“Something came up, we had to make a detour.” They clasped elbows for only a moment before Einarr stepped back. “Bardr, this is Jorir, my liege-man. Jorir, Bardr is first mate on board the Vidofnir.”

“A pleasure, lord.” Jorir bowed. Bardr looked uncomfortable, to Einarr’s eye.

“That’s not really necessary.” He laid a hand on Jorir’s shoulder as the dwarf stood.

“So the Jarl sent you out after a fancy magic bauble for his daughter, and you return with a retainer?”

“That ‘fancy magic bauble’ was not the only thing I liberated from the jotün, no.”

“Evidently not. Well, Jorir, I suppose this means I get to welcome you as our newest Vidofning. Can you fight?”

“At need,” he drawled. “I’m better with a hammer and tongs, though, and no slouch with a bag of herbs. And the only person to ‘ave bested me at tafl in a good long while is milord Einarr here.”

“Before or after you swore your oath?”


Bardr hummed, but before he could say anything more Stigander broke in.

“This complicates matters you know, my boy.”

“I know, Father.”

“I had been intending to make you spend a month swabbing the deck.”

“Only a month? That’s better than I expected.”

“But I can’t very well subject you to that sort of punishment now that you have a man at arms, now can I? Hoping to get out of it?”

Einarr snorted. “Not remotely. When he surrendered, I asked him to swear that he meant us no harm in exchange for getting him off that island. Instead, he swears himself to me by all the gods.”

Stigander turned his head to look at the dwarf, an eyebrow cocked.

Jorir looked pensive. “It’s true. I mainly wanted off that rock, but it’s also true that when your son had the opportunity to kill me, he refrained in spite of everything. I, ah, still didn’t intend to swear quite as strongly as I did… and then he gave me the king he had used in our match. I’ll not look back now, and he’ll not regret it.”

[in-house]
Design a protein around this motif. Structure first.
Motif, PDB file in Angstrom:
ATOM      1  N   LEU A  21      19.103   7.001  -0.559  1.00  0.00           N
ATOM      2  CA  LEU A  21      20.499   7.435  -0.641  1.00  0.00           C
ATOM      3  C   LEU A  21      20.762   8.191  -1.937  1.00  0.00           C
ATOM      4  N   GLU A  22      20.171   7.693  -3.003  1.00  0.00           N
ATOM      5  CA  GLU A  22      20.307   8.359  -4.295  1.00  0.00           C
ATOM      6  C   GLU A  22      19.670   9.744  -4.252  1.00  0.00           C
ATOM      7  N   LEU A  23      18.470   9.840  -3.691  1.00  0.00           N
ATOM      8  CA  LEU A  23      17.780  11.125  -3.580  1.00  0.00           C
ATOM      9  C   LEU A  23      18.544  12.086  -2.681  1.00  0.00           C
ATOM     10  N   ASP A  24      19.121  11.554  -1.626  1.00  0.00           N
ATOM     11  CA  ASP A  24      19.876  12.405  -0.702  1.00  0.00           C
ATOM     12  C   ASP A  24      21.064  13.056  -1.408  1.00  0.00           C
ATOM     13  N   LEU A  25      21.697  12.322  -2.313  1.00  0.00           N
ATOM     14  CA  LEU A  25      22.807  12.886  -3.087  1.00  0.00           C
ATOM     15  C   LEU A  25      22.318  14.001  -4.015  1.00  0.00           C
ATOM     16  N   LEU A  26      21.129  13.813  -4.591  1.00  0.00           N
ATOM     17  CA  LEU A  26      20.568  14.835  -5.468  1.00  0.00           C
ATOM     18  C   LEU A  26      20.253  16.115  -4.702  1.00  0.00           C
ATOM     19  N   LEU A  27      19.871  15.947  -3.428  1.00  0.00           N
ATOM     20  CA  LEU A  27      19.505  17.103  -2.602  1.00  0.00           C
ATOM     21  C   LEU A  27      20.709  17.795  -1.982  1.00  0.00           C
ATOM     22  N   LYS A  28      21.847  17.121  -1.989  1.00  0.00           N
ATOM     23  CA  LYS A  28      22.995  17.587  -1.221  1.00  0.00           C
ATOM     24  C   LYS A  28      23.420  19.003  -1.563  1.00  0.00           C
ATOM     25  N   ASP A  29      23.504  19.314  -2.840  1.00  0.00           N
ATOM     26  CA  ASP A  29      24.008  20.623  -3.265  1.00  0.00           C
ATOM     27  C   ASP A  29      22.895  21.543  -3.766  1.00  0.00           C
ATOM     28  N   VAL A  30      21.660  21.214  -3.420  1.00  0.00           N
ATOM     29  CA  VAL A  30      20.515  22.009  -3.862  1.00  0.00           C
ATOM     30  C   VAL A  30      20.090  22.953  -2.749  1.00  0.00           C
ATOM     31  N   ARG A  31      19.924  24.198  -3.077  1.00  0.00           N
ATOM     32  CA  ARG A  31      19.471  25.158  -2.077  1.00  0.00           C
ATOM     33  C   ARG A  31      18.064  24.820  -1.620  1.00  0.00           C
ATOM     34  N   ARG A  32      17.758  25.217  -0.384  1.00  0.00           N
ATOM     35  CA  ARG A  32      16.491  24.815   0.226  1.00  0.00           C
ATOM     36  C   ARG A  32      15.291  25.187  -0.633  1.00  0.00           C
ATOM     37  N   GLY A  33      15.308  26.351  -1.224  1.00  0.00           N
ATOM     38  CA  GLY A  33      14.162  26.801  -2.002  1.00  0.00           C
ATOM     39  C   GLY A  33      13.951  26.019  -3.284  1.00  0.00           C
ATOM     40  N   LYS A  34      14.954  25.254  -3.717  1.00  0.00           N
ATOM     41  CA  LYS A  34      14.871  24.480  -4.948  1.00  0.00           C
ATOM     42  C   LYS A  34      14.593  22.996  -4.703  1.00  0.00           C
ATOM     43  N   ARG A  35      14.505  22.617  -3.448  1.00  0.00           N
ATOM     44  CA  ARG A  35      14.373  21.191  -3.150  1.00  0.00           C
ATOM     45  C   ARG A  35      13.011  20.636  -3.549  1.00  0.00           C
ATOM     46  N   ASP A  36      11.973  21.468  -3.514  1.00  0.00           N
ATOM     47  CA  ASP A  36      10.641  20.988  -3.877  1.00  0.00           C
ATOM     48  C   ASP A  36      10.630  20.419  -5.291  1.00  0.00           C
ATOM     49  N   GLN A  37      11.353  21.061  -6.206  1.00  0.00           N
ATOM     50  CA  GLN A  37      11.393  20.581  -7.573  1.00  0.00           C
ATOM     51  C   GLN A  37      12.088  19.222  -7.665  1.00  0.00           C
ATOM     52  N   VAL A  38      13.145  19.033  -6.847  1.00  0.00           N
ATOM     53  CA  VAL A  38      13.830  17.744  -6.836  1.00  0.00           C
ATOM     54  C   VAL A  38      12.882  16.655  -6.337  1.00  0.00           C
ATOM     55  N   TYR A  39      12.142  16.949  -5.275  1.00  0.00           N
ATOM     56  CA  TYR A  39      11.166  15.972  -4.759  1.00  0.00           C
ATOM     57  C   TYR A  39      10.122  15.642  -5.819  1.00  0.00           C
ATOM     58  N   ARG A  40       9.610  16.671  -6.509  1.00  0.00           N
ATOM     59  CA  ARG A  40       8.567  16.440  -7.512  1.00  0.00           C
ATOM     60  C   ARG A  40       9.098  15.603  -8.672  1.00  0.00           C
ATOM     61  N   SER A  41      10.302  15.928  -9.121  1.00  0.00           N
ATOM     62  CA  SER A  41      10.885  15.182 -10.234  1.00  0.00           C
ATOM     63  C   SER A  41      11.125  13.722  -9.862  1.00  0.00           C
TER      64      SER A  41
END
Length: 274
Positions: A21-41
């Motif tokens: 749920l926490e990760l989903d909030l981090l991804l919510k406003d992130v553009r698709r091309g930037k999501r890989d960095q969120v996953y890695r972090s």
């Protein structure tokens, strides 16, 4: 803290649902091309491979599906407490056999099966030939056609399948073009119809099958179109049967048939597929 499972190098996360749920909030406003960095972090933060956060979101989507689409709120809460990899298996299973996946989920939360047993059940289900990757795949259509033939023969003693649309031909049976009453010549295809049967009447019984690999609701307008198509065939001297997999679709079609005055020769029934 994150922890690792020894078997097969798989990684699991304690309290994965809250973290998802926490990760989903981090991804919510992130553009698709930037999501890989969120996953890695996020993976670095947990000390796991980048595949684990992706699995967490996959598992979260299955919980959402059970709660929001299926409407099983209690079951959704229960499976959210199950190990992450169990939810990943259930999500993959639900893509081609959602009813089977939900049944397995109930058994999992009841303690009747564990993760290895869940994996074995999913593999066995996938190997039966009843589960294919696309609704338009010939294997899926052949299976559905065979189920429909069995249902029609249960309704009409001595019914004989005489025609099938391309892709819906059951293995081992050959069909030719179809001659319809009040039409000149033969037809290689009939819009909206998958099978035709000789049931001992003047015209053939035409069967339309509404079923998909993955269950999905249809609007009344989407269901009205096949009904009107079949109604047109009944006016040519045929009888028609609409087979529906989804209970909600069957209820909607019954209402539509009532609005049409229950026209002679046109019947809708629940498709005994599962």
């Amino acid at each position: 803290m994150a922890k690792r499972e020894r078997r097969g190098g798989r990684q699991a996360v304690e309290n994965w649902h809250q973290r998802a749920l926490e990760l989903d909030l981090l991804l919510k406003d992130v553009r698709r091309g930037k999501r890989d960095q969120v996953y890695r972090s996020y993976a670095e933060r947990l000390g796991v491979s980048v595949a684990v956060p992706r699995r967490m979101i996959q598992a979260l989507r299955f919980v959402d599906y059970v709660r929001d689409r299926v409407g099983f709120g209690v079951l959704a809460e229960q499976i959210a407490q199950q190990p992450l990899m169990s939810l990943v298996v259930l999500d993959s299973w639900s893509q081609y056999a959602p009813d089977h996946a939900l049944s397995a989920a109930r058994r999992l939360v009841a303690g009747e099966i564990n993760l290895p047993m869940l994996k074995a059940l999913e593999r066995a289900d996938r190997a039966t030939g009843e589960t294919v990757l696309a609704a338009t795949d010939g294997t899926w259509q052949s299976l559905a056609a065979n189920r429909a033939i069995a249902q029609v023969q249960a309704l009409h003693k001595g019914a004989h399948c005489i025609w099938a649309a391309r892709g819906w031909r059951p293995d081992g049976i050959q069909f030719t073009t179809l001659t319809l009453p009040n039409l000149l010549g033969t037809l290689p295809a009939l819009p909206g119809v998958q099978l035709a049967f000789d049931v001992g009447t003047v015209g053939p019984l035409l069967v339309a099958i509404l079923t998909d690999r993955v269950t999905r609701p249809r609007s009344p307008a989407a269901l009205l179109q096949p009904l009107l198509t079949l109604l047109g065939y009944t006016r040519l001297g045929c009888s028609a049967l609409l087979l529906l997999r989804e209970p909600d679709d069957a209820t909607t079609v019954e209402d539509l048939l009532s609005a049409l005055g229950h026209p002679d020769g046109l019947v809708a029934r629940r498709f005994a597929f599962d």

Am I missing something? Why is the tafl king so important to him? Jorir didn’t explain, so when Stigander looked to Einarr for more information all he could do was shrug. “Runa sent me with a few gifts. The king was one of them, and the only other things I had on me at the time I just gave out at the Hall.”

Stigander drew his brows down in a thoughtful expression.

“You are the lord father and Captain of my lord, and I will honor that as well,” Jorir added.

Stigander nodded as though that were never in question. “You are a smith. Have you your own tools?”

“I did, back on Svartlauf, but to get them now would mean fighting lo— Fraener.”

“With the entire ship we could probably manage, if we could get through the storm twice more.”

Stigander grimaced at that. “As much as I would love to take my crew against a jotün, we have more pressing matters at hand.”

“How did the hunt for the Grendel go?”

Stigander’s grimace soured. “Skunked, so far, and we’re not the only ones hunting them. We found no fewer than five other crews who’ve had their battle chanters picked off. Every last one of them talks about the monstrous crew of a ship that rides in with a storm and disappears just as quick.”

“Monstrous? You mean that wasn’t just an artifact of Astrid’s chant?”

“Maybe, maybe not.” He shook his head. “If it is, it’s awfully consistent, and awfully specific to that ship.”

“So does that mean there’s a fleet forming?”

Bardr harrumphed. “More like a pact at this point. For a fleet, someone would need an idea how to find the whoresons.”

Stigander hadn’t finished. “A fleet, though… that might not be a bad idea, anyway.”

Einarr raised an eyebrow. It felt as though his father had changed the subject without letting anyone else know.

“I’m going to make you work for it, you know. But maybe, just maybe, it’s time for the sons of Raen to think about building a second ship.” Stigander clapped his son on the shoulder.